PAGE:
Attorneys General Association Risks Member Loss Over Anti-Business Litigation
What once was an independent association of state attorneys general now runs the risk of losing crucial members and having a new reputation of being a financially motivated promoter of […]
What once was an independent association of state attorneys general now runs the risk of losing crucial members and having a new reputation of being a financially motivated promoter of litigation, according to a new report released today.
The American Tort Reform Association’s (ATRA) latest report digs into the activities of the National Association of Attorneys General (NAAG) over the past decade and how NAAG’s focus appears to have shifted.
“NAAG historically played an important role in managing multistate investigations and lawsuits, acting in a relatively unbiased manner” ATRA President Tiger Joyce said. “Over time, however, the group’s priority seems to have moved away from promoting efficiency and coordination and instead to entrepreneurial litigation targeting a variety of industries – a one-sided approach that’s not palatable to all state attorneys general.”
The report points to NAAG’s involvement in a 2021 opioid settlement with McKinsey & Co. in which it received $15 million. NAAG also received $103 million that grew to $140 million from the landmark Tobacco Master Settlement Agreement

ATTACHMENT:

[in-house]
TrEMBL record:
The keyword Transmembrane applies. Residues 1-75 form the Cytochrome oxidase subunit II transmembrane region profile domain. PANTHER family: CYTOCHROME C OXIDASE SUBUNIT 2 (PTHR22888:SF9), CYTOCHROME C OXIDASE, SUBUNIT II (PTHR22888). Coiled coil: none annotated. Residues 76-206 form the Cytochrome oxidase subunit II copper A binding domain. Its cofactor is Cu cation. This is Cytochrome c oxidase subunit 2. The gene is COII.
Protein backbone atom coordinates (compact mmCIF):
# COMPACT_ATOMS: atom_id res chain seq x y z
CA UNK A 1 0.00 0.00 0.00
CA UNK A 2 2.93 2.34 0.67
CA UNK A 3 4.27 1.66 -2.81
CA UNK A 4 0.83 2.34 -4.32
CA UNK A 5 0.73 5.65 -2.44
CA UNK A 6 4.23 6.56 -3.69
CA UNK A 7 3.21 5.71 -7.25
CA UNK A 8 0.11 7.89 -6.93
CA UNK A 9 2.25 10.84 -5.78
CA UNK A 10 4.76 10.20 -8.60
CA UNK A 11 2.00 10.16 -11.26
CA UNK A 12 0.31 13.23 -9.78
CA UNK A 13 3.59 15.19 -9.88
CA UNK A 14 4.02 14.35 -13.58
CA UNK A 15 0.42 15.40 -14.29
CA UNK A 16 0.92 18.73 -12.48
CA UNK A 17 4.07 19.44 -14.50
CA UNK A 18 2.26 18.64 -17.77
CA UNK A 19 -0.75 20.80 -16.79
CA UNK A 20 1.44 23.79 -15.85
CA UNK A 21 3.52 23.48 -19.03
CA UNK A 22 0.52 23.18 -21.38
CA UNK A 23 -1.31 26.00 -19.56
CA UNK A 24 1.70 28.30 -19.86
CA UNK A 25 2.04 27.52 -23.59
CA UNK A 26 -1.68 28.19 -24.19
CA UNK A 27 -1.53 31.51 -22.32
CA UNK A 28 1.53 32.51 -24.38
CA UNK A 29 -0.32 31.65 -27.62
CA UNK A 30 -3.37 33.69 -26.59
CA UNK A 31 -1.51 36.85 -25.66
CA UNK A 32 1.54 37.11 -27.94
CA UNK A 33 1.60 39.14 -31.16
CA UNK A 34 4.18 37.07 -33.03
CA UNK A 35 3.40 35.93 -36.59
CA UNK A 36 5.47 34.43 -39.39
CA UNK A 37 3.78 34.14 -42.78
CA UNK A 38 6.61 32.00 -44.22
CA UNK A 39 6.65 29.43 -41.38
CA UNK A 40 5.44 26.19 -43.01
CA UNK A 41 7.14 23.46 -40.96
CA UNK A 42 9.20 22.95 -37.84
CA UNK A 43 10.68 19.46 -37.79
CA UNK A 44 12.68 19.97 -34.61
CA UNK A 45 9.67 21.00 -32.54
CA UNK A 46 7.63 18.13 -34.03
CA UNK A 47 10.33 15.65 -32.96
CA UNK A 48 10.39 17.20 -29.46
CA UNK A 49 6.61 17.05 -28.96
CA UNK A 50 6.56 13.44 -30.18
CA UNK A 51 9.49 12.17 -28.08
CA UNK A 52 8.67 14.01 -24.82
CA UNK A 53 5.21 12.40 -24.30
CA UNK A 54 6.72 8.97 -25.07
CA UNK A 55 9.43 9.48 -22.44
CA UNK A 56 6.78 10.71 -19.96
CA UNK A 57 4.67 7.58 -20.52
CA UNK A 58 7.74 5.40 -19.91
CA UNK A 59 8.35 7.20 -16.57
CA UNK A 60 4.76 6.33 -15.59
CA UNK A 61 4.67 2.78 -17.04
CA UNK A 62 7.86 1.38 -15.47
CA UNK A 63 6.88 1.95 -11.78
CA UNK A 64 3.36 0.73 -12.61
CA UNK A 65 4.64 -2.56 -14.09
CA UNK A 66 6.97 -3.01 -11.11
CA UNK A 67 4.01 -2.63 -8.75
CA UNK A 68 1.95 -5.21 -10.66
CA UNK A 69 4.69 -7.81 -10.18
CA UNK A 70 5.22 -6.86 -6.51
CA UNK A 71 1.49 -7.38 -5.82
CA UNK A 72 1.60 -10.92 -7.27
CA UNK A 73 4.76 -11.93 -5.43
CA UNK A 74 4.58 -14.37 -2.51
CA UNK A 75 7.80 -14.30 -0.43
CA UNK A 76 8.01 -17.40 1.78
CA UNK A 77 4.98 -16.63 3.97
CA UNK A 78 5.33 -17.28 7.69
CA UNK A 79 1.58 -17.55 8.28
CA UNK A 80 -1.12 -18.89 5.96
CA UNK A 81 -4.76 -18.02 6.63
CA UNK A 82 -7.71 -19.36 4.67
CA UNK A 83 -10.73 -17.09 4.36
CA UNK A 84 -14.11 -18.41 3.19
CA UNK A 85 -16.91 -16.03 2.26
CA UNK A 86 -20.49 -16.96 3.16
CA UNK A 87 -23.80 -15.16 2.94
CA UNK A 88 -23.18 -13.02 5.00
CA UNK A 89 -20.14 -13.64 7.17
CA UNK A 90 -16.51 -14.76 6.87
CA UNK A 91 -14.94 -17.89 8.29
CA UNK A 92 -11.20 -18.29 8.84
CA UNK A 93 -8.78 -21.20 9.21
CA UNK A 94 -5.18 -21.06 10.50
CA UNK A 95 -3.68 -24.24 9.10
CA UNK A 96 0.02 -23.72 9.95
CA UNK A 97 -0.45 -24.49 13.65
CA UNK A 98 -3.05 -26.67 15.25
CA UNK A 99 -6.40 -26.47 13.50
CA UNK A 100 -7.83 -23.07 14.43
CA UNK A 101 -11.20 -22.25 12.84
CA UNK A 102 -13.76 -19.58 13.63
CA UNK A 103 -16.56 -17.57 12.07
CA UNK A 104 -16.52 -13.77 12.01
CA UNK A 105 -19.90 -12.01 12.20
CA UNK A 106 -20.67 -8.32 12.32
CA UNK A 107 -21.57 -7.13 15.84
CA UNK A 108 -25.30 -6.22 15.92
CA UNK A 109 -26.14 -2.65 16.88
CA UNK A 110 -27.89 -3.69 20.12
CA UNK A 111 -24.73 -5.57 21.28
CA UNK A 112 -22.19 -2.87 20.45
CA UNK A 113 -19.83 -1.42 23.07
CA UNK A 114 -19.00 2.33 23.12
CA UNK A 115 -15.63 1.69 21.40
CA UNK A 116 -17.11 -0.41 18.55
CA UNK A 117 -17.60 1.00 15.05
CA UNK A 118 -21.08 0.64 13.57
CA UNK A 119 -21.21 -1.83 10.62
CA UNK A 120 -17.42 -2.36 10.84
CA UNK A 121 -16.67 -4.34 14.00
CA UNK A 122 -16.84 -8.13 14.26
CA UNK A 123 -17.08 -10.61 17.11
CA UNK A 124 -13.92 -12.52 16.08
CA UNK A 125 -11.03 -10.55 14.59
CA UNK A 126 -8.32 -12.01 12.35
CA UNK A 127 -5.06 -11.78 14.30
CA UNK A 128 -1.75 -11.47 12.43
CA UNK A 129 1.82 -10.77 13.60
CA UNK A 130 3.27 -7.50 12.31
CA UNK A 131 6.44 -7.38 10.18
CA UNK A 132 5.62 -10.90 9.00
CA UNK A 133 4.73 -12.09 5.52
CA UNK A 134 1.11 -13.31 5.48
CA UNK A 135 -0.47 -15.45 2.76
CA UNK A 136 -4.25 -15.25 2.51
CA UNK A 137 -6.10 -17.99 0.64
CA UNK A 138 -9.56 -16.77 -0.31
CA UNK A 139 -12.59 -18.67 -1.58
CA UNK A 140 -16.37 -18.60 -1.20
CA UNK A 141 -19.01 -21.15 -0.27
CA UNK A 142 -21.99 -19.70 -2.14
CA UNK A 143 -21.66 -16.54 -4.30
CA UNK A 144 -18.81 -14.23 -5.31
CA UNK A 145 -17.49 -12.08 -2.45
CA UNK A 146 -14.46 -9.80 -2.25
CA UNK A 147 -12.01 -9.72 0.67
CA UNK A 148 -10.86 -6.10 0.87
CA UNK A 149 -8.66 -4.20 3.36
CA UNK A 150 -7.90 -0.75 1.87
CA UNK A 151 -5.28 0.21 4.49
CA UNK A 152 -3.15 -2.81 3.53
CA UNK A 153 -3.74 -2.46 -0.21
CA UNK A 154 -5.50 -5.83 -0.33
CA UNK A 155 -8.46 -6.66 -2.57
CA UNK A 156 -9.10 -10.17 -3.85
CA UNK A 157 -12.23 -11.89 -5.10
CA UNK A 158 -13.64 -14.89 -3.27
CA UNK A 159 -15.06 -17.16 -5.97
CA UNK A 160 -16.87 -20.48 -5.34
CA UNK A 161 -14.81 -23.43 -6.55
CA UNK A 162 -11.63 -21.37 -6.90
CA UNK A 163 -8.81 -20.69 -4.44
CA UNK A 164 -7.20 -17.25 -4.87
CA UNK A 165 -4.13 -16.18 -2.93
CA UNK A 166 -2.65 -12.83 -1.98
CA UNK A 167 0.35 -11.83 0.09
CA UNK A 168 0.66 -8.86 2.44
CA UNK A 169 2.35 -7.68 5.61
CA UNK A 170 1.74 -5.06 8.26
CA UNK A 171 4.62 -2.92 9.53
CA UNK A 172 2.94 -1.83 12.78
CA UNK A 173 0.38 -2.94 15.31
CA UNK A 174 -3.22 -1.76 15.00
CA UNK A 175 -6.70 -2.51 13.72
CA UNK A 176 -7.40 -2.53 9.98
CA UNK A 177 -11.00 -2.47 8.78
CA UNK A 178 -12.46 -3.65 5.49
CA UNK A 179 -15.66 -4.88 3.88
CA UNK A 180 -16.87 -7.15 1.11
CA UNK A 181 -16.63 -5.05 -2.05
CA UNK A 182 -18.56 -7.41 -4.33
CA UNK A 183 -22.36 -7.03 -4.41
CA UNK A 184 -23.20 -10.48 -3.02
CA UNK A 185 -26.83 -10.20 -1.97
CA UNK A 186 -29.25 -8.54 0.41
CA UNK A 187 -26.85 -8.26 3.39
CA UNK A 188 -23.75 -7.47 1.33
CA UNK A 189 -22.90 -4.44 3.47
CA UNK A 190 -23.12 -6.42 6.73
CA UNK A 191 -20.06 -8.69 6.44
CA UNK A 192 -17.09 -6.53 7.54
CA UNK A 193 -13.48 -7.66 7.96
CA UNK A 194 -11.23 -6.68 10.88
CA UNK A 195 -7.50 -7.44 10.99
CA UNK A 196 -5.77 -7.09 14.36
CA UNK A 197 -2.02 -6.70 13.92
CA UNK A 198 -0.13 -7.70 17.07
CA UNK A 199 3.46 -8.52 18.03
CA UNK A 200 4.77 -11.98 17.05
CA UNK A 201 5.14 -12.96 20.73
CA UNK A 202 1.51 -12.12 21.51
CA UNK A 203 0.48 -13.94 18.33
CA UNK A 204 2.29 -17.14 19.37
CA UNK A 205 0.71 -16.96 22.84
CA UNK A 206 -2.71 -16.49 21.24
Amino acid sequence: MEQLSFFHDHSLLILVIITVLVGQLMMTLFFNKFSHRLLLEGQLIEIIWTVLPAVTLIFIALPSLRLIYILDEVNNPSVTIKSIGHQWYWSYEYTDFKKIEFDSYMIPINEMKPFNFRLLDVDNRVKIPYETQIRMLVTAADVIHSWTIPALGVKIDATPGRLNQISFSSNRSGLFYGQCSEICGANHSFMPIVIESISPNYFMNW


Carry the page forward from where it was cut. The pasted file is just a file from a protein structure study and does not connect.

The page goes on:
“NAAG now fully participates in settlements reached in multistate lawsuits, just as individual states and their for-profit, contingency-fee counsel participate,” Joyce said. “However, this places what once was an independent association in a situation in which it now has profit as a main motive to help initiate and settle litigation, just as the trial bar does. If they’re not careful, they could find themselves with fewer supporters in the future.”
ATRA’s report states that NAAG essentially acts as a self-sustaining “litigation machine,” mainly funded by two revenue sources: yearly dues from state attorneys general and carveouts from multistate litigation settlements. NAAG’s programs are then operated through these funds, training attorneys in state AGs’ offices and the state AGs themselves to be more effective in litigation.
“While continuing education is an appropriate objective, it seems that NAAG’s training are tailored specifically to promote litigation against business and industry,” Joyce said.
Other activist groups have come under fire for their involvement in training state officials to further specific litigation. The Bloomberg-funded State Energy & Environmental Impact Center at New York University School of Law has placed lawyers funded by the Center in the offices of friendly attorneys general across the country, encouraging them to bring climate change litigation.
“Outside influence, whether it be from NAAG or other activist organizations, creates a concerning lack of accountability and transparency in state attorneys’ general offices,” Joyce said.
According to ATRA’s report, NAAG also provides grants to states to help litigation get off the ground. Currently, NAAG has more than $200 million in assets.
“Utilizing this sort of outside source for litigation allows AGs to avoid using state-appropriated funds – or having to go to the legislature for more funds,” Joyce said. “This funding side-step weakens the potential checks and balances a legislature should want to exercise in these situations.”
ATRA’s full report, “The National Association of Attorneys General: A Nonprofit That Acts Like a Plaintiffs’ Firm” is available at atra.org.
A previous version of this press release incorrectly stated NAAG was involved in lead paint litigation. The version posted here has been updated to correct this mistake.
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